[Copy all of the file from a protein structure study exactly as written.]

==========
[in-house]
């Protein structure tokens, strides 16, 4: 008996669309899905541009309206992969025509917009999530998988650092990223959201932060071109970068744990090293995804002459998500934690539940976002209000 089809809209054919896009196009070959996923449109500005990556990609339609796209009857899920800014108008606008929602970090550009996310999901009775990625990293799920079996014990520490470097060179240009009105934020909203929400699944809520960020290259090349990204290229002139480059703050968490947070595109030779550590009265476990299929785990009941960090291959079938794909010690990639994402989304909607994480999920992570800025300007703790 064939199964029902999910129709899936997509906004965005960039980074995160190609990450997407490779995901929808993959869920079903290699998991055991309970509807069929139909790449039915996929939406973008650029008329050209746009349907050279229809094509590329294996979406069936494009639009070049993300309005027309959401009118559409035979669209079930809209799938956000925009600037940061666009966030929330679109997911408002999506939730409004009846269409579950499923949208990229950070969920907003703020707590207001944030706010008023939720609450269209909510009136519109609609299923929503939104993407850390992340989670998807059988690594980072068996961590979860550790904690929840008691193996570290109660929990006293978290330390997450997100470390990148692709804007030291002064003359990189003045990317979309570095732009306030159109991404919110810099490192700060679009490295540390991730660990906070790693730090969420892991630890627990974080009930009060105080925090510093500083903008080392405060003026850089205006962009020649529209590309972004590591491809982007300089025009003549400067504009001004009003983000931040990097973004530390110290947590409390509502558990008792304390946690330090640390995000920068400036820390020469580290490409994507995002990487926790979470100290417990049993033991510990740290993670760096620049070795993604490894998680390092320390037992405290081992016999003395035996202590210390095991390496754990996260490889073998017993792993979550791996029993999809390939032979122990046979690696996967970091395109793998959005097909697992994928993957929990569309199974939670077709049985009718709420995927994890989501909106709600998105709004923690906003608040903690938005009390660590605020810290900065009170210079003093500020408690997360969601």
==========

[in-house]
């Protein structure tokens, strides 16, 4: 008996669309899905541009309206992969025509917009999530998988650092990223959201932060071109970068744990090293995804002459998500934690539940976002209000 089809809209054919896009196009070959996923449109500005990556990609339609796209009857899920800014108008606008929602970090550009996310999901009775990625990293799920079996014990520490470097060179240009009105934020909203929400699944809520960020290259090349990204290229002139480059703050968490947070595109030779550590009265476990299929785990009941960090291959079938794909010690990639994402989304909607994480999920992570800025300007703790 064939199964029902999910129709899936997509906004965005960039980074995160190609990450997407490779995901929808993959869920079903290699998991055991309970509807069929139909790449039915996929939406973008650029008329050209746009349907050279229809094509590329294996979406069936494009639009070049993300309005027309959401009118559409035979669209079930809209799938956000925009600037940061666009966030929330679109997911408002999506939730409004009846269409579950499923949208990229950070969920907003703020707590207001944030706010008023939720609450269209909510009136519109609609299923929503939104993407850390992340989670998807059988690594980072068996961590979860550790904690929840008691193996570290109660929990006293978290330390997450997100470390990148692709804007030291002064003359990189003045990317979309570095732009306030159109991404919110810099490192700060679009490295540390991730660990906070790693730090969420892991630890627990974080009930009060105080925090510093500083903008080392405060003026850089205006962009020649529209590309972004590591491809982007300089025009003549400067504009001004009003983000931040990097973004530390110290947590409390509502558990008792304390946690330090640390995000920068400036820390020469580290490409994507995002990487926790979470100290417990049993033991510990740290993670760096620049070795993604490894998680390092320390037992405290081992016999003395035996202590210390095991390496754990996260490889073998017993792993979550791996029993999809390939032979122990046979690696996967970091395109793998959005097909697992994928993957929990569309199974939670077709049985009718709420995927994890989501909106709600998105709004923690906003608040903690938005009390660590605020810290900065009170210079003093500020408690997360969601």